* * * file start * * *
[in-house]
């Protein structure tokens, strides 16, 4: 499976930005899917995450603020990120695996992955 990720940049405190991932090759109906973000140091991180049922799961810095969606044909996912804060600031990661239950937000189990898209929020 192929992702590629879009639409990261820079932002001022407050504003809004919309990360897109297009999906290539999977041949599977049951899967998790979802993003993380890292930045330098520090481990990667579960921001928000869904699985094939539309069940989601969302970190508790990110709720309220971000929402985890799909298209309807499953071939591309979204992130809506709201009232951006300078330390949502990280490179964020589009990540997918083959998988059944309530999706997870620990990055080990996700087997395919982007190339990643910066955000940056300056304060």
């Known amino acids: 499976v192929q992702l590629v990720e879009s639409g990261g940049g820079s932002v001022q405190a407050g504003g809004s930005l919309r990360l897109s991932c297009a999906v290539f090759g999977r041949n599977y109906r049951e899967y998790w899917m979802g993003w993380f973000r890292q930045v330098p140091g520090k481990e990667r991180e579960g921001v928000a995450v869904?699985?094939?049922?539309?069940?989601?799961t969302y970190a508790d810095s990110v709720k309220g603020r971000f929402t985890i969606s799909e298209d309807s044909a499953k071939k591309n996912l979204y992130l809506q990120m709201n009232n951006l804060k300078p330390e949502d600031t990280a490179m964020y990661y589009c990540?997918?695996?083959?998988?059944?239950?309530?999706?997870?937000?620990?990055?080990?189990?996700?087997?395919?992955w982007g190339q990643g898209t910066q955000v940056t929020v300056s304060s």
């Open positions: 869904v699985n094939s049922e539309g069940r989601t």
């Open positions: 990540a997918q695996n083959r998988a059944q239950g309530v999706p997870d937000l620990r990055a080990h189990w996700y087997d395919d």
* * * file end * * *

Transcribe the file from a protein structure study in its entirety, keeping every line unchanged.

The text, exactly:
[in-house]
């Protein structure tokens, strides 16, 4: 499976930005899917995450603020990120695996992955 990720940049405190991932090759109906973000140091991180049922799961810095969606044909996912804060600031990661239950937000189990898209929020 192929992702590629879009639409990261820079932002001022407050504003809004919309990360897109297009999906290539999977041949599977049951899967998790979802993003993380890292930045330098520090481990990667579960921001928000869904699985094939539309069940989601969302970190508790990110709720309220971000929402985890799909298209309807499953071939591309979204992130809506709201009232951006300078330390949502990280490179964020589009990540997918083959998988059944309530999706997870620990990055080990996700087997395919982007190339990643910066955000940056300056304060």
């Known amino acids: 499976v192929q992702l590629v990720e879009s639409g990261g940049g820079s932002v001022q405190a407050g504003g809004s930005l919309r990360l897109s991932c297009a999906v290539f090759g999977r041949n599977y109906r049951e899967y998790w899917m979802g993003w993380f973000r890292q930045v330098p140091g520090k481990e990667r991180e579960g921001v928000a995450v869904?699985?094939?049922?539309?069940?989601?799961t969302y970190a508790d810095s990110v709720k309220g603020r971000f929402t985890i969606s799909e298209d309807s044909a499953k071939k591309n996912l979204y992130l809506q990120m709201n009232n951006l804060k300078p330390e949502d600031t990280a490179m964020y990661y589009c990540?997918?695996?083959?998988?059944?239950?309530?999706?997870?937000?620990?990055?080990?189990?996700?087997?395919?992955w982007g190339q990643g898209t910066q955000v940056t929020v300056s304060s």
């Open positions: 869904v699985n094939s049922e539309g069940r989601t």
């Open positions: 990540a997918q695996n083959r998988a059944q239950g309530v999706p997870d937000l620990r990055a080990h189990w996700y087997d395919d």